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Claims that Conservatives have invited Martin McGuinness to speak to this autumn's Party Conference are wrong

Owen Paterson 2010 By Paul Goodman

The Irish Times proclaims this morning: "Tories invite McGuinness to speak at party conference".  The story details, as one would expect of the paper, are entirely accurate.  The headline, however, is not.  It could be read to suggest that McGuinness has been asked - who knows, by the Northern Ireland Secretary himself, or perhaps by the Prime Minister - to speak to the party faithful from the same platform from which Margaret Thatcher once addressed them.  The same Margaret Thatcher that the IRA tried to kill at Brighton when McGuinness was a senior member of it, with the same bomb that murdered five people and crippled Margaret Tebbit.

The story goes on to deflate the expectations that its headline raises.  It points out that McGuinness will appear as Northern Ireland's Second Minister on the same platform as Peter Robinson, its First Minister, and that they'll appear not on the Conference stage but at a breakfast organised by a not-for-profit organisation.  It's right to report that the occasion is a fringe event - but of course some such events are less part of the official fringe than others.  There's nothing the Party can do to prevent people holding meetings in a city at the same time that its annual conference is being held there.  The Irish Times asks whether the meeting in question will be held outside the Conference secure zone.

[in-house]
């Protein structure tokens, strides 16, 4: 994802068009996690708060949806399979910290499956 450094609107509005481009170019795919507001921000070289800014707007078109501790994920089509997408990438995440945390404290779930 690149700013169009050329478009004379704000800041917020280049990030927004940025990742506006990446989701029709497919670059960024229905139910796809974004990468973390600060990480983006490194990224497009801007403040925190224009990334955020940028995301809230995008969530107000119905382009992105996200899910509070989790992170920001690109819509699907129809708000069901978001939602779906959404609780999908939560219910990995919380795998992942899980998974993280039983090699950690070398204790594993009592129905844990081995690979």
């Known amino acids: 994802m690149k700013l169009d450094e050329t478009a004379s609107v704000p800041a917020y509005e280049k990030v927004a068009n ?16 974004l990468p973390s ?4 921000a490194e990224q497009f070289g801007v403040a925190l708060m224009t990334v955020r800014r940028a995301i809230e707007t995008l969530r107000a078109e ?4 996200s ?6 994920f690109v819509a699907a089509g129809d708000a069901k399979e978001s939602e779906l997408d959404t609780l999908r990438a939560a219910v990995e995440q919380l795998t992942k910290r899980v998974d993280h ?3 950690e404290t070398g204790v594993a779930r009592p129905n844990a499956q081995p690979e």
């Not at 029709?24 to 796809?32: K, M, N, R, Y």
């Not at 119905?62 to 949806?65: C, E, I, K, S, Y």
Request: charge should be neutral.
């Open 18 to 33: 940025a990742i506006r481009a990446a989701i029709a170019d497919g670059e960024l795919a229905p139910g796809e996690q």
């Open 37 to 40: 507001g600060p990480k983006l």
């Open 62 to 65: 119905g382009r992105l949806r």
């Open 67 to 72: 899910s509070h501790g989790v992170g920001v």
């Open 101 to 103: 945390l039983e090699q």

Senior sources claim that it won't be, that the only political parties entitled to Conference passes this year are Conservatives and "our Ulster Unionist allies", and that - above all - the invitation did not, repeat not, come from the Party, but from the organisation in question.  The most striking element of the story is the claim that "the decision to invite Mr McGuinness is understood to be backed strongly by Secretary of State for Northern Ireland Owen Paterson, though senior Conservatives are worried about the reaction of some MPs and the wider party organisation".  One source that I spoke to said that "we should never forget the horrific consequences of the past" but that "none the less, the Conservative Party as a whole has got to come to terms with the present".


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